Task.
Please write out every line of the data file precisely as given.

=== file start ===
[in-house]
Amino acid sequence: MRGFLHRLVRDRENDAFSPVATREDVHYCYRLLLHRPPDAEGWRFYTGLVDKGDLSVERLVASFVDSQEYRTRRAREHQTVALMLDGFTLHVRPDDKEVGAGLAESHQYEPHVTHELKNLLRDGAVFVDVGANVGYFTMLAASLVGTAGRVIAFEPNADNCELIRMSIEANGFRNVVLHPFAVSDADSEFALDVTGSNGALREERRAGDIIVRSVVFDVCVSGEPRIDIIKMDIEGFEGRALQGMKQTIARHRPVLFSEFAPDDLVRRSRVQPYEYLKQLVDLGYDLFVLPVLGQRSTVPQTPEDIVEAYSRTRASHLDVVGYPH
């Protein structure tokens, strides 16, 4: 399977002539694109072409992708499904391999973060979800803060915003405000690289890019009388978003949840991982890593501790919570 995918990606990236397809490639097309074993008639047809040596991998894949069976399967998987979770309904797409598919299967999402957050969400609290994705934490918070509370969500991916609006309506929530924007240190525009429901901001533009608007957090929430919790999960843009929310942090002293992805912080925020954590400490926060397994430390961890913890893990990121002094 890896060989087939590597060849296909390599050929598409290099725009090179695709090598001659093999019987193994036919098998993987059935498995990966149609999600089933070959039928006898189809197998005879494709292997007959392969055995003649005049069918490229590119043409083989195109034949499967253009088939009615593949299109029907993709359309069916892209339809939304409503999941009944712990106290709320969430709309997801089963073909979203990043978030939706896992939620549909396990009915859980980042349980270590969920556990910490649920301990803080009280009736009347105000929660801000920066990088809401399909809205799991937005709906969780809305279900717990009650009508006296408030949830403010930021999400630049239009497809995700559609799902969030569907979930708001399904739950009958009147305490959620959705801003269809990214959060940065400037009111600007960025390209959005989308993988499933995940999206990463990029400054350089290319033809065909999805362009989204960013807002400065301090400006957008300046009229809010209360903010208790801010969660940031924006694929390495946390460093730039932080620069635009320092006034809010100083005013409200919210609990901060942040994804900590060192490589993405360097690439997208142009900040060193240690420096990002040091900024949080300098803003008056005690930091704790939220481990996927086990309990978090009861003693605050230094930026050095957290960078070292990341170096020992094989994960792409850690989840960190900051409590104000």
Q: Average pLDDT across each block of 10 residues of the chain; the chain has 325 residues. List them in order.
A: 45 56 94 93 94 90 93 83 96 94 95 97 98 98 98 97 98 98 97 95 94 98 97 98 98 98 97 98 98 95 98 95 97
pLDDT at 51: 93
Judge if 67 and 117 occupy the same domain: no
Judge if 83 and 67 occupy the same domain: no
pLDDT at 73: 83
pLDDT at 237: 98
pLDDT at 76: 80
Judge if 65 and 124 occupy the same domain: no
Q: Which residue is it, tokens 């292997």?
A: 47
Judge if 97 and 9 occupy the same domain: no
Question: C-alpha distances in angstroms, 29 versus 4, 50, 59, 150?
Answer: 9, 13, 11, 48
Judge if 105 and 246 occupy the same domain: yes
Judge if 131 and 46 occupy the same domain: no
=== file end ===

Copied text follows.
[in-house]
Amino acid sequence: MRGFLHRLVRDRENDAFSPVATREDVHYCYRLLLHRPPDAEGWRFYTGLVDKGDLSVERLVASFVDSQEYRTRRAREHQTVALMLDGFTLHVRPDDKEVGAGLAESHQYEPHVTHELKNLLRDGAVFVDVGANVGYFTMLAASLVGTAGRVIAFEPNADNCELIRMSIEANGFRNVVLHPFAVSDADSEFALDVTGSNGALREERRAGDIIVRSVVFDVCVSGEPRIDIIKMDIEGFEGRALQGMKQTIARHRPVLFSEFAPDDLVRRSRVQPYEYLKQLVDLGYDLFVLPVLGQRSTVPQTPEDIVEAYSRTRASHLDVVGYPH
């Protein structure tokens, strides 16, 4: 399977002539694109072409992708499904391999973060979800803060915003405000690289890019009388978003949840991982890593501790919570 995918990606990236397809490639097309074993008639047809040596991998894949069976399967998987979770309904797409598919299967999402957050969400609290994705934490918070509370969500991916609006309506929530924007240190525009429901901001533009608007957090929430919790999960843009929310942090002293992805912080925020954590400490926060397994430390961890913890893990990121002094 890896060989087939590597060849296909390599050929598409290099725009090179695709090598001659093999019987193994036919098998993987059935498995990966149609999600089933070959039928006898189809197998005879494709292997007959392969055995003649005049069918490229590119043409083989195109034949499967253009088939009615593949299109029907993709359309069916892209339809939304409503999941009944712990106290709320969430709309997801089963073909979203990043978030939706896992939620549909396990009915859980980042349980270590969920556990910490649920301990803080009280009736009347105000929660801000920066990088809401399909809205799991937005709906969780809305279900717990009650009508006296408030949830403010930021999400630049239009497809995700559609799902969030569907979930708001399904739950009958009147305490959620959705801003269809990214959060940065400037009111600007960025390209959005989308993988499933995940999206990463990029400054350089290319033809065909999805362009989204960013807002400065301090400006957008300046009229809010209360903010208790801010969660940031924006694929390495946390460093730039932080620069635009320092006034809010100083005013409200919210609990901060942040994804900590060192490589993405360097690439997208142009900040060193240690420096990002040091900024949080300098803003008056005690930091704790939220481990996927086990309990978090009861003693605050230094930026050095957290960078070292990341170096020992094989994960792409850690989840960190900051409590104000």
Q: Average pLDDT across each block of 10 residues of the chain; the chain has 325 residues. List them in order.
A: 45 56 94 93 94 90 93 83 96 94 95 97 98 98 98 97 98 98 97 95 94 98 97 98 98 98 97 98 98 95 98 95 97
pLDDT at 51: 93
Judge if 67 and 117 occupy the same domain: no
Judge if 83 and 67 occupy the same domain: no
pLDDT at 73: 83
pLDDT at 237: 98
pLDDT at 76: 80
Judge if 65 and 124 occupy the same domain: no
Q: Which residue is it, tokens 């292997």?
A: 47
Judge if 97 and 9 occupy the same domain: no
Question: C-alpha distances in angstroms, 29 versus 4, 50, 59, 150?
Answer: 9, 13, 11, 48
Judge if 105 and 246 occupy the same domain: yes
Judge if 131 and 46 occupy the same domain: no